- Hitchhiking is illegal in a small few countries and places, including Singapore and some US states. Honestly, it being illegal wouldn’t stop me, and I’ve hitchhiked illegally in the past – but if that stuff puts you off, check the legality before you get started.
- Don’t stand on a big motorway or a big freeway. You probably don’t need me to tell you that, but it’s dangerous. And no-one will stop for you anyway, so you’re wasting your time.
- Start early. The earlier you start, the earlier you’ll get where you need to be. And the earlier you get where you need to be, the less chance there is of standing in the dark, with nowhere to go or sleep. Note: this has literally never happened to me. Hitchhiking is way more reliable than people want you to believe.
Again, I’ve never had a single problem hitchhiking, and I reckon I’ve been in at least 2,000 cars – and I’ve probably hitchhiked in around 30 countries.
Do I Need to Pay to Hitchhike?
It depends, but the answer is usually no.
When I had less money, I sometimes offered money and sometimes didn’t. Now, my rule is this: if I’m in a poor country, I always offer money. If I’m not in a poor country, I offer money for longer rides, but not for short rides.
The vast majority of the time, people will refuse money, even when you offer it over and over again.
The only big exception is when you’re in a country where hitchhiking is a commonly-accepted method of normal transport. When I was in Tajikistan, for example, lots of locals hitchhike, so hitchhiking is considered a method of public transport, rather than a niche hobby that some foreign weirdo has.
Okay – I’ve Decided I’m Not Scared of Literally Everything, and Now I Want to Try This. How Do I Actually Do It?
Like anything else, there are rules and techniques. You can’t just stand on the side of a road in central London and expect that someone’s going to drive you directly to some remote mountain town in Iran.
So that means you’re gonna need some tactics.
The most important thing when you’re hitchhiking is planning your route. Get a map out, and look at where you are, and where you want to go. Whatever is the main road between those places, that’s the road you want to get on. So you get very close to that road (usually using public transport), and hitch a lift with people going on that road, in the same direction you want to go to.
This advice changes if you’re going really rural. In built-up areas, there are hundreds of roads to navigate and negotiate, and they all go to countless different places. So in those cases, you need to plan wisely. But let’s say you’re in a little remote village, and you just want to head an hour north. In that case, just stand on the main road going north. Hitching in rural areas is WAY easier than hitching in built up areas.
The next most important thing is finding a good place to get picked up. Obviously, the middle of a motorway isn’t great. Neither is a footpath, cos car’s can’t go there. Broadly speaking, you want to stand in a place where:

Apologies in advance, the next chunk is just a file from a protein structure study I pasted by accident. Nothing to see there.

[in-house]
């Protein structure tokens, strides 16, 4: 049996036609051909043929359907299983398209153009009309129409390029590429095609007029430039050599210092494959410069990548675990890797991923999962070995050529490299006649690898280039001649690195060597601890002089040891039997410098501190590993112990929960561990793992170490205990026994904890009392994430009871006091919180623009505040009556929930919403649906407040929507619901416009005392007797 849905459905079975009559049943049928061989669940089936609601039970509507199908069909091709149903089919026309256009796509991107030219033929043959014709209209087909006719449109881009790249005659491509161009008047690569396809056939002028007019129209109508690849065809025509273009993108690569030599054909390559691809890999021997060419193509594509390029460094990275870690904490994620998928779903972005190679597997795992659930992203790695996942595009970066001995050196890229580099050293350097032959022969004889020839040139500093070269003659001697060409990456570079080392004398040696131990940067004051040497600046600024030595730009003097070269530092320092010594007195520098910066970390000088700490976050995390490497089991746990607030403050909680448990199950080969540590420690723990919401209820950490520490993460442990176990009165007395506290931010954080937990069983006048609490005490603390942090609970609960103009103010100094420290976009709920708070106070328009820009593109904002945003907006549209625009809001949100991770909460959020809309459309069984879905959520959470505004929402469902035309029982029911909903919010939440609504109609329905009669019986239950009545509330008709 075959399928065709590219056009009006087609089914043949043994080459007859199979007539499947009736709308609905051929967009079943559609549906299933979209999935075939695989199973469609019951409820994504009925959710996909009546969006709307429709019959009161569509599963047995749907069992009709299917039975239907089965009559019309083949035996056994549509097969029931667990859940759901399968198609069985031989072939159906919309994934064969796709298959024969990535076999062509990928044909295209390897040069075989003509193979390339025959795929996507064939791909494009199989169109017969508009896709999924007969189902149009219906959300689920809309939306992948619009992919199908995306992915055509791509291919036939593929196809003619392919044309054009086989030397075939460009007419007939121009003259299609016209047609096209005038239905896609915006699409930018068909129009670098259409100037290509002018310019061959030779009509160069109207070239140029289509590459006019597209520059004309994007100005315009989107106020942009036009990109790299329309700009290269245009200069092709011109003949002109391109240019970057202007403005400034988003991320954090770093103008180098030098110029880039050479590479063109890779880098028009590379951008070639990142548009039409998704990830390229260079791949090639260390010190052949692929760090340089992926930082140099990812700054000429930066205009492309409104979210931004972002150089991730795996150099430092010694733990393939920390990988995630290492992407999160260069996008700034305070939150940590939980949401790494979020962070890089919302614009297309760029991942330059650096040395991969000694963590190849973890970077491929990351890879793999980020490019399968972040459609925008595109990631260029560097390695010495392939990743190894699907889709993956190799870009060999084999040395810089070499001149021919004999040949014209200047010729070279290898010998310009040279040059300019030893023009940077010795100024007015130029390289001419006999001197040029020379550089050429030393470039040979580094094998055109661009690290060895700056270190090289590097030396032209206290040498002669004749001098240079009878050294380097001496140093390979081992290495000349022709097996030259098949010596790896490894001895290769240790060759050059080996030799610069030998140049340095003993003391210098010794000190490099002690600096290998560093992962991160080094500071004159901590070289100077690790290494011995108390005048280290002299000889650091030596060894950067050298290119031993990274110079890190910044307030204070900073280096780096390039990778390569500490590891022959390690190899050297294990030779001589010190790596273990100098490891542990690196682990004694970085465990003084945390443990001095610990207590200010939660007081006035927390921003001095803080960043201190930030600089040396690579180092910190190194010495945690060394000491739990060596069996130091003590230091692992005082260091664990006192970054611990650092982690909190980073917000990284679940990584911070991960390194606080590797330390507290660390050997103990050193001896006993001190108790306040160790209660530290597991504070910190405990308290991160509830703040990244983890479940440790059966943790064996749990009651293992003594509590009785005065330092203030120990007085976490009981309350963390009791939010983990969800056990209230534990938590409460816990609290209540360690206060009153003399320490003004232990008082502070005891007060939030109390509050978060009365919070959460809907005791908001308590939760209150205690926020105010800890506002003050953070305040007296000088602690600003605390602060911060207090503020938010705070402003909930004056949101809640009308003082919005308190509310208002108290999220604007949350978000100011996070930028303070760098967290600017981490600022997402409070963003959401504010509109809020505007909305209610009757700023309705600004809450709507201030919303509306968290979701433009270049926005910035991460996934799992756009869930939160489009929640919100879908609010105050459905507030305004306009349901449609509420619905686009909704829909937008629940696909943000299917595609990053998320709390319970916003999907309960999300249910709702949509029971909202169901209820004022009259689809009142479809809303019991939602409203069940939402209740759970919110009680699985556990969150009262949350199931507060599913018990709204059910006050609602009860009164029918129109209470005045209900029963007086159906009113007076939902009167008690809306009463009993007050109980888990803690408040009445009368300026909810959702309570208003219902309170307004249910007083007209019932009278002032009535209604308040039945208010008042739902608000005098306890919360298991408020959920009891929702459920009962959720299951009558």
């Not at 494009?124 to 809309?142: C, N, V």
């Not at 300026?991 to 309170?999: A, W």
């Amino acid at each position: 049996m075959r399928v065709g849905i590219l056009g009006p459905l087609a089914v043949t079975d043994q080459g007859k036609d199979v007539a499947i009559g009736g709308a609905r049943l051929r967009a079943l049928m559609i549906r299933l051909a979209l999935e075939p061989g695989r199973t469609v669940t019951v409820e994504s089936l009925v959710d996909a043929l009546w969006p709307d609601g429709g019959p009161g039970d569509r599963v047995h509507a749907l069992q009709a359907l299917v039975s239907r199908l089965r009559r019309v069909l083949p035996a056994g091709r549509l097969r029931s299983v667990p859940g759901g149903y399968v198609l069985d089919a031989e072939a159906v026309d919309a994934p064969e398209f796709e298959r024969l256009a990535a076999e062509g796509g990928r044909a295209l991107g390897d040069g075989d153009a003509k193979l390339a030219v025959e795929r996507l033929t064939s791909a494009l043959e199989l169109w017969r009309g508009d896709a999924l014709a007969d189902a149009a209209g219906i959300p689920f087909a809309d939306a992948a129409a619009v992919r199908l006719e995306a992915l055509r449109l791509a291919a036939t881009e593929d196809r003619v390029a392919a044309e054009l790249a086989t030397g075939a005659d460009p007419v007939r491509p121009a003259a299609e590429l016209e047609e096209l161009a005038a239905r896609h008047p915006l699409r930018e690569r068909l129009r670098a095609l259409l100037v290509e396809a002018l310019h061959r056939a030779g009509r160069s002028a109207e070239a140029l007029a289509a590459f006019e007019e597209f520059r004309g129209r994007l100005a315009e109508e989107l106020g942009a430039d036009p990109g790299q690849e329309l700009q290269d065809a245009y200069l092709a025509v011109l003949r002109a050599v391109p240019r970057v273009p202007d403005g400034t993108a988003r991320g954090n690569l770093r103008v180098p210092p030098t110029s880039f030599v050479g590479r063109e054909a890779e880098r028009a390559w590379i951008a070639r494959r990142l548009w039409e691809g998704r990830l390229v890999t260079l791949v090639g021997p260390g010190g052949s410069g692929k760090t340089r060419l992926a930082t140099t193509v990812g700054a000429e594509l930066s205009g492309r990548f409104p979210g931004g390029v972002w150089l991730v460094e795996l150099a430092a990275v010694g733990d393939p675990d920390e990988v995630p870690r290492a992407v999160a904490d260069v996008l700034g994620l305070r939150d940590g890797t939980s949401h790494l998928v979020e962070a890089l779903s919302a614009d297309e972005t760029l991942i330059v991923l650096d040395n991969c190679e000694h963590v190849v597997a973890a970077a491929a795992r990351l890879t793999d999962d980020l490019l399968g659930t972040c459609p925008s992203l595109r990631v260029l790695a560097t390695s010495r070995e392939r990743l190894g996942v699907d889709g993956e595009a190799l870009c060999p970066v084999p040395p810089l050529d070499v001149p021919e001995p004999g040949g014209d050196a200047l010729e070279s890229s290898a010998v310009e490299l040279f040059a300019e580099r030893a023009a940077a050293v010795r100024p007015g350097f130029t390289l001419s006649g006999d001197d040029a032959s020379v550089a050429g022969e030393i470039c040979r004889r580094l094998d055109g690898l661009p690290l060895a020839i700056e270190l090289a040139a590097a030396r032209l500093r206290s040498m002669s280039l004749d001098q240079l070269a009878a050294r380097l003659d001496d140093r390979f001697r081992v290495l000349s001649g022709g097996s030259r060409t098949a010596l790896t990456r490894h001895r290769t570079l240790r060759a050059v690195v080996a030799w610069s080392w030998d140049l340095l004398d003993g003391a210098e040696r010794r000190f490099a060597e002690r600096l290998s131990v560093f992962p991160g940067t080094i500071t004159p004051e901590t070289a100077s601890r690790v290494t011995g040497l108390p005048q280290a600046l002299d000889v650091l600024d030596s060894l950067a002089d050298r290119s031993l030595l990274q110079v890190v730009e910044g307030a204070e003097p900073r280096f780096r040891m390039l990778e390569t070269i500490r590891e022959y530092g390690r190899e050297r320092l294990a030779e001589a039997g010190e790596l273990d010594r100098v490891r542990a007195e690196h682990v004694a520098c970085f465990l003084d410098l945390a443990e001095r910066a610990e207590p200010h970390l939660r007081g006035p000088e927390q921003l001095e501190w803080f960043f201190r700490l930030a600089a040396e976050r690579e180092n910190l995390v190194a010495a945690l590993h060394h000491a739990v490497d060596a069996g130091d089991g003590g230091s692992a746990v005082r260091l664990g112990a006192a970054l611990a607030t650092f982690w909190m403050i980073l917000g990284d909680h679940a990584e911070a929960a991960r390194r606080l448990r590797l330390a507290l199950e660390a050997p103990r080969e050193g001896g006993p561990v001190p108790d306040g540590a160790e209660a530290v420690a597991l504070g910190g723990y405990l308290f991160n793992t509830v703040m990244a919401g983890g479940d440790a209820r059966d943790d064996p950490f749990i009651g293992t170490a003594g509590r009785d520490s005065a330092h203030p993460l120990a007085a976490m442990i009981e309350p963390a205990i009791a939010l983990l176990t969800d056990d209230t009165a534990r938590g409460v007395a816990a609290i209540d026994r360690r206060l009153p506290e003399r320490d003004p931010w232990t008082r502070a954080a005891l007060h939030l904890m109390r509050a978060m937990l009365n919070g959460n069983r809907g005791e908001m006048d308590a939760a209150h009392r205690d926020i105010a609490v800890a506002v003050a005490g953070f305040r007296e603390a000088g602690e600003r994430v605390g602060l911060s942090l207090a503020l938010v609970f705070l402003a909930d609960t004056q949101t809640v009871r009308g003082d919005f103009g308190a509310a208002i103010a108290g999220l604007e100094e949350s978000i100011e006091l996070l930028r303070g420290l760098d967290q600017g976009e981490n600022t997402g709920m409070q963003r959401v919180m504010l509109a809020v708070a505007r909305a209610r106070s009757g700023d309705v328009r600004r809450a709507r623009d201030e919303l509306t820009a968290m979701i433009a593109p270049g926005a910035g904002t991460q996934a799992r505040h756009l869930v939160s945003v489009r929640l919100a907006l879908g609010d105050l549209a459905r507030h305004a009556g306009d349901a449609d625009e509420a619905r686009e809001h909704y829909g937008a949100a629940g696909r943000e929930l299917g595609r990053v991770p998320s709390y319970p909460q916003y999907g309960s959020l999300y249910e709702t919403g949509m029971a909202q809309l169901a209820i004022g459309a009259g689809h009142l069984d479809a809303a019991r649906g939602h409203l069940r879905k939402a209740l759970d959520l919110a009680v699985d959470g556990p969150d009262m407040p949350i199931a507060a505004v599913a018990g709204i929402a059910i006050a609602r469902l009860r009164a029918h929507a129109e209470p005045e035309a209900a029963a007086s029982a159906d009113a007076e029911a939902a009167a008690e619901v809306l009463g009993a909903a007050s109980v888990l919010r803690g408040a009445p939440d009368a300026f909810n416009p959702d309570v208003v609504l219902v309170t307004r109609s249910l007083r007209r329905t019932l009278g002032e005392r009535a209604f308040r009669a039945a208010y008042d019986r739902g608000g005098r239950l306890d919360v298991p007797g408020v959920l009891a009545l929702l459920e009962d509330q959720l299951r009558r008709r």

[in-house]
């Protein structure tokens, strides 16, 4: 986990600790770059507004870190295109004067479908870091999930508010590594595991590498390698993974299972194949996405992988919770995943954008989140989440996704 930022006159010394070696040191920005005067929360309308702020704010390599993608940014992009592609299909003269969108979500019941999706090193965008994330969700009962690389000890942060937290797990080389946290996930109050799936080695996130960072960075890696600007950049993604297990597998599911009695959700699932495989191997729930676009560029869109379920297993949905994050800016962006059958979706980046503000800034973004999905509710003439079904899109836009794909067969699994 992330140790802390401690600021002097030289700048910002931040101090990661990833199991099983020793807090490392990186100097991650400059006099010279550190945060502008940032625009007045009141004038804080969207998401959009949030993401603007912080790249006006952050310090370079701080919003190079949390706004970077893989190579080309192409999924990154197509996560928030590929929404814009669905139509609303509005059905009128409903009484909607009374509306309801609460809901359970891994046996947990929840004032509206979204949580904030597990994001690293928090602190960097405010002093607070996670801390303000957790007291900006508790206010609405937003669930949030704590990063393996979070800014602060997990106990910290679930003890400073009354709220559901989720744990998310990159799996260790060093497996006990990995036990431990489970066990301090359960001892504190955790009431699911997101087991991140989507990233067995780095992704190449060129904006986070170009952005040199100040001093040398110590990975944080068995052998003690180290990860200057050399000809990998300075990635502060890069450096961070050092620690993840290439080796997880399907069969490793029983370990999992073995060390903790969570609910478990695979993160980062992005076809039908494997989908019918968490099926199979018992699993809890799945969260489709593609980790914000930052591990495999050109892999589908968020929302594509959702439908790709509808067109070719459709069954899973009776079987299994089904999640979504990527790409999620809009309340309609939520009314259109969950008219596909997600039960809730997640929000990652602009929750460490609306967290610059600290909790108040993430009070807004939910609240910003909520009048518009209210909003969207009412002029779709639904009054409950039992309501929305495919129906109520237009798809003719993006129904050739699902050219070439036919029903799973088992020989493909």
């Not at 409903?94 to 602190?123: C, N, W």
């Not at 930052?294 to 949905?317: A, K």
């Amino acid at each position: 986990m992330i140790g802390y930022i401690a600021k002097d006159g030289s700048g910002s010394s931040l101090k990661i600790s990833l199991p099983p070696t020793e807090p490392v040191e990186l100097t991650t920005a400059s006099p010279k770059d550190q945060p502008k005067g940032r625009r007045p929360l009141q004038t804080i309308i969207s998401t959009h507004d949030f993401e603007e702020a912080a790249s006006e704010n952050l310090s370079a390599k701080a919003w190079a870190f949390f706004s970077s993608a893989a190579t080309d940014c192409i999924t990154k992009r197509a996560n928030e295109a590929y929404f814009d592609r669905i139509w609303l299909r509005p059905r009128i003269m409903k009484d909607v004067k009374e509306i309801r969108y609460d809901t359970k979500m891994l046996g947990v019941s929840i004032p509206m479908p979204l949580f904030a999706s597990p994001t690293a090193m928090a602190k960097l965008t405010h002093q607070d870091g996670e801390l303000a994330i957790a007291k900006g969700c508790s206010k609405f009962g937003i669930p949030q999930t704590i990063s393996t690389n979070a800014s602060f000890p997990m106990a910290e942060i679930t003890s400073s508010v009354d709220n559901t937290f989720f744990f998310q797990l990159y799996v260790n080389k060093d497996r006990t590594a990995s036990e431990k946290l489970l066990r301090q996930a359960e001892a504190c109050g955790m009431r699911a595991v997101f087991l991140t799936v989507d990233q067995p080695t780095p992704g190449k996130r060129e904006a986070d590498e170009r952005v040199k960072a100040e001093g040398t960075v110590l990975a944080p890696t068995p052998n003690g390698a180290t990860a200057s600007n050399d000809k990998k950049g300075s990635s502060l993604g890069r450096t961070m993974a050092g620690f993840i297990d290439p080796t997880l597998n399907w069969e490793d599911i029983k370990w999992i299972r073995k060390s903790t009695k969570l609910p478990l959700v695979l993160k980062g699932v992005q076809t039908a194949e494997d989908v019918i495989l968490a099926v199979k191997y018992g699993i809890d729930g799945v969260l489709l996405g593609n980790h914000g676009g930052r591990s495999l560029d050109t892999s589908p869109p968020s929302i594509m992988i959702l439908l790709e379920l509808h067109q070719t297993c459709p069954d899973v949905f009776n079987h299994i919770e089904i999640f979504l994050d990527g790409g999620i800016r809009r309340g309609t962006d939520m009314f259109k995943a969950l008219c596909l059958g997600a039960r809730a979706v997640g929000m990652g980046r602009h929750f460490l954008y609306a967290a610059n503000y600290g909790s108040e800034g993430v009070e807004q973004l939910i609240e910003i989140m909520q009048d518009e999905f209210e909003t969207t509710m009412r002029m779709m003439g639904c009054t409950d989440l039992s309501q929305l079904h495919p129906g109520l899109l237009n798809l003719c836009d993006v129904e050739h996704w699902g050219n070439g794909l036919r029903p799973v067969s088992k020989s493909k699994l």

- Cars can pull in. If there’s not enough space for a car to safely pull in away from the road, not many cars will stop. Anything will do: a lay-by, a car parking space, a little muddy patch off a dirt track.
- There is a straight stretch of road. If you’re right on a bend, no-one’s going to see you until they’re really close to you. But drivers need a few seconds to decide whether or not they want to stop.
- Drivers are stopping anyway. Places like gas stations and parking lots and food stops are great, because people stop there anyway. And if people have already stopped, they’re much more likely to pick you you. Standing on the exit ramp of a place like this is a great tactic if you’re hitching along a major freeway, highway or motorway.
Here are my final top tips: make sure you look friendly and happy. Don’t dress like a homeless murderer. Don’t look miserable (people are way more likely to pick you up if you smile). Use a sign if you’re going a long distance while in a affluent country. Don’t use a sign if you’re in a poorer country, or if you’re only going a short distance (no matter where you are). In most places, sticking out your thumb is the way to indicate that you want a ride. But in other nations, that gesture is offensive or misunderstood, so a palm-down flat hand is better.
For more tips and information on specific countries, routes and tactics, Hitchwiki is an absolutely incredible resource, and I’ve used it to plan lots of routes. On there, you can even find information on local bus routes, to work out which buses you can use to get the the outskirts of a city, and right beside a main road.
Choosing good countries is also important (if you’re impatient or nervous). I would hitchhike anywhere, but some countries are way more hitchhiker-friendly than others. Broadly speaking, poor countries are easier – in poorer countries, fewer people can afford cars, which means locals are more likely to hitchhike. But lots of expensive countries are great for hitchhiking too.
Some of the easiest countries I’ve been to for hitchhiking are Georgia, Azerbaijan, Tajikistan, Kyrgyzstan, Scotland, Germany, Albania, Romania and Thailand. But with enough patience, you can do it anywhere.
So, in summary, I love hitchhiking, you should love hitchhiking, and more people should love hitchhiking.
If you want any more tips or information, get in contact with me. I’d love to help you out. Or if you have any hitchhiking stories of your own, stick them in the comments below. Thanks for reading!